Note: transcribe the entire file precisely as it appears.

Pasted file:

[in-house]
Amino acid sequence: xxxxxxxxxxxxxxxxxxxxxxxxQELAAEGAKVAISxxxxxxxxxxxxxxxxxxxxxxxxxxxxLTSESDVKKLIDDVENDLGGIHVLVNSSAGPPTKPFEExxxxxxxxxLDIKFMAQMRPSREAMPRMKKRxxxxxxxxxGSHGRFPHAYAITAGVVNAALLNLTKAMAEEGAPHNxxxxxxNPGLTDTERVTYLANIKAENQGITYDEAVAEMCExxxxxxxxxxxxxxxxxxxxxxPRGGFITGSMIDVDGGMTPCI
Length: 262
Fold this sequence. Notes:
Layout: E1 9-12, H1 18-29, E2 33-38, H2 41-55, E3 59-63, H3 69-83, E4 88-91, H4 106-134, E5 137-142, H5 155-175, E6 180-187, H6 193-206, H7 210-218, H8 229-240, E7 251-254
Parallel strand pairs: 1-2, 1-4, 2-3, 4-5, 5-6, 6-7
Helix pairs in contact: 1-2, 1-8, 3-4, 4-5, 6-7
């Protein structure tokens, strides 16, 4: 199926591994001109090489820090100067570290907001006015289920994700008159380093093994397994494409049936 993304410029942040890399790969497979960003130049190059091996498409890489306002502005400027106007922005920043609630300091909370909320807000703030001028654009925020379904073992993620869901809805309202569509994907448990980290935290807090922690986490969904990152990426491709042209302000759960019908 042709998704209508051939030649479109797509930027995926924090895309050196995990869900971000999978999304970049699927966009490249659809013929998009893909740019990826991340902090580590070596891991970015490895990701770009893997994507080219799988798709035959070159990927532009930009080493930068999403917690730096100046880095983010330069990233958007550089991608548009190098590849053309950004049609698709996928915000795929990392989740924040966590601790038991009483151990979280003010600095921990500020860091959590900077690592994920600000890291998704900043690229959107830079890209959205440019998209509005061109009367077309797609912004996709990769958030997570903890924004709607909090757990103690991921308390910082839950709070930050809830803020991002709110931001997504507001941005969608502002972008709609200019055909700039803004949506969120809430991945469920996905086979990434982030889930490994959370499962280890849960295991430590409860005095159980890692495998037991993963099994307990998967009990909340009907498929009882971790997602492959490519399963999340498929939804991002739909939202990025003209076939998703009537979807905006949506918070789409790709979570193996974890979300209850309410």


[in-house]
Amino acid sequence: xxxxxxxxxxxxxxxxxxxxxxxxQELAAEGAKVAISxxxxxxxxxxxxxxxxxxxxxxxxxxxxLTSESDVKKLIDDVENDLGGIHVLVNSSAGPPTKPFEExxxxxxxxxLDIKFMAQMRPSREAMPRMKKRxxxxxxxxxGSHGRFPHAYAITAGVVNAALLNLTKAMAEEGAPHNxxxxxxNPGLTDTERVTYLANIKAENQGITYDEAVAEMCExxxxxxxxxxxxxxxxxxxxxxPRGGFITGSMIDVDGGMTPCI
Length: 262
Fold this sequence. Notes:
Layout: E1 9-12, H1 18-29, E2 33-38, H2 41-55, E3 59-63, H3 69-83, E4 88-91, H4 106-134, E5 137-142, H5 155-175, E6 180-187, H6 193-206, H7 210-218, H8 229-240, E7 251-254
Parallel strand pairs: 1-2, 1-4, 2-3, 4-5, 5-6, 6-7
Helix pairs in contact: 1-2, 1-8, 3-4, 4-5, 6-7
């Protein structure tokens, strides 16, 4: 199926591994001109090489820090100067570290907001006015289920994700008159380093093994397994494409049936 993304410029942040890399790969497979960003130049190059091996498409890489306002502005400027106007922005920043609630300091909370909320807000703030001028654009925020379904073992993620869901809805309202569509994907448990980290935290807090922690986490969904990152990426491709042209302000759960019908 042709998704209508051939030649479109797509930027995926924090895309050196995990869900971000999978999304970049699927966009490249659809013929998009893909740019990826991340902090580590070596891991970015490895990701770009893997994507080219799988798709035959070159990927532009930009080493930068999403917690730096100046880095983010330069990233958007550089991608548009190098590849053309950004049609698709996928915000795929990392989740924040966590601790038991009483151990979280003010600095921990500020860091959590900077690592994920600000890291998704900043690229959107830079890209959205440019998209509005061109009367077309797609912004996709990769958030997570903890924004709607909090757990103690991921308390910082839950709070930050809830803020991002709110931001997504507001941005969608502002972008709609200019055909700039803004949506969120809430991945469920996905086979990434982030889930490994959370499962280890849960295991430590409860005095159980890692495998037991993963099994307990998967009990909340009907498929009882971790997602492959490519399963999340498929939804991002739909939202990025003209076939998703009537979807905006949506918070789409790709979570193996974890979300209850309410």